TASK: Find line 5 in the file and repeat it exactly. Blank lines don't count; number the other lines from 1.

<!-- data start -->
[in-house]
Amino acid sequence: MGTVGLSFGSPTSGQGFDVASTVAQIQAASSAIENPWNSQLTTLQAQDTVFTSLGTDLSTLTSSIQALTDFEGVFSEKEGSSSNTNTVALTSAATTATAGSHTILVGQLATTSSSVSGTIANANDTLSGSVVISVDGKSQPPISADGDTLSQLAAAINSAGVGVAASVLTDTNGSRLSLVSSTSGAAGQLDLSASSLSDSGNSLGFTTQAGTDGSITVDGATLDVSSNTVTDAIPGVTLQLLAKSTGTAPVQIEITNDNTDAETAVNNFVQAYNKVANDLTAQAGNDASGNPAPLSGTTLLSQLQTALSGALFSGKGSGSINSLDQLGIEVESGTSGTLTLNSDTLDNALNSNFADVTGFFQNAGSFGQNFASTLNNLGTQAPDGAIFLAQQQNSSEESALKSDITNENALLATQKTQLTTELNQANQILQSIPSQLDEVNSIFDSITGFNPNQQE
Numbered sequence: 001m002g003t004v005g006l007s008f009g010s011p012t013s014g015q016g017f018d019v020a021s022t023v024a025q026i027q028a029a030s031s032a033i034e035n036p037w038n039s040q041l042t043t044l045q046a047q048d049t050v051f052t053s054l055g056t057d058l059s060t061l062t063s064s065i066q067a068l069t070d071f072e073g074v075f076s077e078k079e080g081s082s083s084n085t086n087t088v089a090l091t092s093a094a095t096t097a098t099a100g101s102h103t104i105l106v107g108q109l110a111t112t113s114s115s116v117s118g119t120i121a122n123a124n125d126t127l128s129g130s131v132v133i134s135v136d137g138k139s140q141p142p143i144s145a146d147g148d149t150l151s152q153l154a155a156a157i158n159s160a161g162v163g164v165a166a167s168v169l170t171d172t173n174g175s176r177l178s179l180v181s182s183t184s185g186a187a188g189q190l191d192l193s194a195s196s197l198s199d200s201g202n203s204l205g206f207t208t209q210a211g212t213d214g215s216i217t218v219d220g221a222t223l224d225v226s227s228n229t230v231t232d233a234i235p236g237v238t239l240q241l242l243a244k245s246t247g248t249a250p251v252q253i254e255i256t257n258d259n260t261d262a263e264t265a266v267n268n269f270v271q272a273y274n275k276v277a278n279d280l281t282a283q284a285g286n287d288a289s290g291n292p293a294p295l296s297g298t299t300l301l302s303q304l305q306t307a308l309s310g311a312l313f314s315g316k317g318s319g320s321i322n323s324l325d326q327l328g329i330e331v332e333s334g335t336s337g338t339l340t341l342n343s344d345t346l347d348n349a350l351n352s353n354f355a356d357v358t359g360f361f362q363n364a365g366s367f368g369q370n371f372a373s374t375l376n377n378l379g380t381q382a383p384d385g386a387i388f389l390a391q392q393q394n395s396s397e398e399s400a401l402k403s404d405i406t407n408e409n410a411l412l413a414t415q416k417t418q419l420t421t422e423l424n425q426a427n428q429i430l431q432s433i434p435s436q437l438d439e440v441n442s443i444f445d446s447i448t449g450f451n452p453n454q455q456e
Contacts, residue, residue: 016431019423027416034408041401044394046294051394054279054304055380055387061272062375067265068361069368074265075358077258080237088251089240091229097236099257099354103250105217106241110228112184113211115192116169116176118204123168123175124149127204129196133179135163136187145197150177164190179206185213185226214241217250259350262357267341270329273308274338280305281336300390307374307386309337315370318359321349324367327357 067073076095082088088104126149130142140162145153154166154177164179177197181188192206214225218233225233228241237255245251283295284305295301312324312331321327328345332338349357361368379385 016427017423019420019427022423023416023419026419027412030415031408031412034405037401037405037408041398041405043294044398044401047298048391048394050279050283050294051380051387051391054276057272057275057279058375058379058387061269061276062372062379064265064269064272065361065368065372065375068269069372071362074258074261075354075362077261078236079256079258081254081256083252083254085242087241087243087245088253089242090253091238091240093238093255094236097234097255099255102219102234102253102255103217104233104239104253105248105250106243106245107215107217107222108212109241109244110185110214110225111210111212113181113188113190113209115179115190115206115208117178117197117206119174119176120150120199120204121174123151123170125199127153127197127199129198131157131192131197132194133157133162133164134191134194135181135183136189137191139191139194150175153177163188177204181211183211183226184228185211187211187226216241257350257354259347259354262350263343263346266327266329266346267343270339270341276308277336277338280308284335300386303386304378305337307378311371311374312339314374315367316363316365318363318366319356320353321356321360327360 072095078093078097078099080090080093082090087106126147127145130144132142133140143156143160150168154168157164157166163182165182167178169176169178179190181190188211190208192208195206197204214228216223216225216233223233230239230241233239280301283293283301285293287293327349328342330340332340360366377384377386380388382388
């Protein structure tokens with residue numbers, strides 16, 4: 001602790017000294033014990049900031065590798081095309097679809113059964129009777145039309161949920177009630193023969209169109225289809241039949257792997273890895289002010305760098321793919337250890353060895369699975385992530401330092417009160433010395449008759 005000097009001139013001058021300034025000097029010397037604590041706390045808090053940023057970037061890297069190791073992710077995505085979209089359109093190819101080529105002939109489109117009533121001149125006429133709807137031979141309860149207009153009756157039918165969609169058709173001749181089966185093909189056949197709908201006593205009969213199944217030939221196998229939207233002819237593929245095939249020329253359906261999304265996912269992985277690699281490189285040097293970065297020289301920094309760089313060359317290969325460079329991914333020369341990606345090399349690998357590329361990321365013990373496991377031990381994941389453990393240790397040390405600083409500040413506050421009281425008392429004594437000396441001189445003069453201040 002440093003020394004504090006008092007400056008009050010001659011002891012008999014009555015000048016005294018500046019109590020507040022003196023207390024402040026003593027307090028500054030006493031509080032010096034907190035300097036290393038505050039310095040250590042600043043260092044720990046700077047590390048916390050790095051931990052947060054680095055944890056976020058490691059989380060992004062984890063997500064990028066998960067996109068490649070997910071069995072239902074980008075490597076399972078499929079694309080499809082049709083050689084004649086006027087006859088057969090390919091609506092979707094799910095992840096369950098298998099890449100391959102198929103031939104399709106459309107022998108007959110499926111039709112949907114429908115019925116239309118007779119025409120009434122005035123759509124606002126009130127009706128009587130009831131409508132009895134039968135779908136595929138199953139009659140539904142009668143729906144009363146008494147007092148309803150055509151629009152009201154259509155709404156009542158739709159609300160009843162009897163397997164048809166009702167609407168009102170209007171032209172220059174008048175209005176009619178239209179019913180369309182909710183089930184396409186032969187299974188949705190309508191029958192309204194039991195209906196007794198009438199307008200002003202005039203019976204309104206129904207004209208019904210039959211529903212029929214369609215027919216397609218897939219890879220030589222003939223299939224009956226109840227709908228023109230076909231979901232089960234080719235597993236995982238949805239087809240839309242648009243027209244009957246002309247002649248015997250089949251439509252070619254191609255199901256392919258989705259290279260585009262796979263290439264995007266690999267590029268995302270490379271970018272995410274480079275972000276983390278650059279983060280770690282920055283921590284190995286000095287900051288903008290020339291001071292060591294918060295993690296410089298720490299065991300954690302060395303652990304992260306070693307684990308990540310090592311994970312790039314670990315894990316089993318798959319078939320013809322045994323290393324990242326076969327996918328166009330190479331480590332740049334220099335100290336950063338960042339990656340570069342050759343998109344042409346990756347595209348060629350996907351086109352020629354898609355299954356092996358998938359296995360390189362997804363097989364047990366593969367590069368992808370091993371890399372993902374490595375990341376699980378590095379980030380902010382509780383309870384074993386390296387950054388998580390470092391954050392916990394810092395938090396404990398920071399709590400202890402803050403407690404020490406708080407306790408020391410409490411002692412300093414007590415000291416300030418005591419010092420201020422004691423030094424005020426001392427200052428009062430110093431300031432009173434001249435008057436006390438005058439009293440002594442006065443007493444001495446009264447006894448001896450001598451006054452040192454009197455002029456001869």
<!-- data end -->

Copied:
């Protein structure tokens with residue numbers, strides 16, 4: 001602790017000294033014990049900031065590798081095309097679809113059964129009777145039309161949920177009630193023969209169109225289809241039949257792997273890895289002010305760098321793919337250890353060895369699975385992530401330092417009160433010395449008759 005000097009001139013001058021300034025000097029010397037604590041706390045808090053940023057970037061890297069190791073992710077995505085979209089359109093190819101080529105002939109489109117009533121001149125006429133709807137031979141309860149207009153009756157039918165969609169058709173001749181089966185093909189056949197709908201006593205009969213199944217030939221196998229939207233002819237593929245095939249020329253359906261999304265996912269992985277690699281490189285040097293970065297020289301920094309760089313060359317290969325460079329991914333020369341990606345090399349690998357590329361990321365013990373496991377031990381994941389453990393240790397040390405600083409500040413506050421009281425008392429004594437000396441001189445003069453201040 002440093003020394004504090006008092007400056008009050010001659011002891012008999014009555015000048016005294018500046019109590020507040022003196023207390024402040026003593027307090028500054030006493031509080032010096034907190035300097036290393038505050039310095040250590042600043043260092044720990046700077047590390048916390050790095051931990052947060054680095055944890056976020058490691059989380060992004062984890063997500064990028066998960067996109068490649070997910071069995072239902074980008075490597076399972078499929079694309080499809082049709083050689084004649086006027087006859088057969090390919091609506092979707094799910095992840096369950098298998099890449100391959102198929103031939104399709106459309107022998108007959110499926111039709112949907114429908115019925116239309118007779119025409120009434122005035123759509124606002126009130127009706128009587130009831131409508132009895134039968135779908136595929138199953139009659140539904142009668143729906144009363146008494147007092148309803150055509151629009152009201154259509155709404156009542158739709159609300160009843162009897163397997164048809166009702167609407168009102170209007171032209172220059174008048175209005176009619178239209179019913180369309182909710183089930184396409186032969187299974188949705190309508191029958192309204194039991195209906196007794198009438199307008200002003202005039203019976204309104206129904207004209208019904210039959211529903212029929214369609215027919216397609218897939219890879220030589222003939223299939224009956226109840227709908228023109230076909231979901232089960234080719235597993236995982238949805239087809240839309242648009243027209244009957246002309247002649248015997250089949251439509252070619254191609255199901256392919258989705259290279260585009262796979263290439264995007266690999267590029268995302270490379271970018272995410274480079275972000276983390278650059279983060280770690282920055283921590284190995286000095287900051288903008290020339291001071292060591294918060295993690296410089298720490299065991300954690302060395303652990304992260306070693307684990308990540310090592311994970312790039314670990315894990316089993318798959319078939320013809322045994323290393324990242326076969327996918328166009330190479331480590332740049334220099335100290336950063338960042339990656340570069342050759343998109344042409346990756347595209348060629350996907351086109352020629354898609355299954356092996358998938359296995360390189362997804363097989364047990366593969367590069368992808370091993371890399372993902374490595375990341376699980378590095379980030380902010382509780383309870384074993386390296387950054388998580390470092391954050392916990394810092395938090396404990398920071399709590400202890402803050403407690404020490406708080407306790408020391410409490411002692412300093414007590415000291416300030418005591419010092420201020422004691423030094424005020426001392427200052428009062430110093431300031432009173434001249435008057436006390438005058439009293440002594442006065443007493444001495446009264447006894448001896450001598451006054452040192454009197455002029456001869």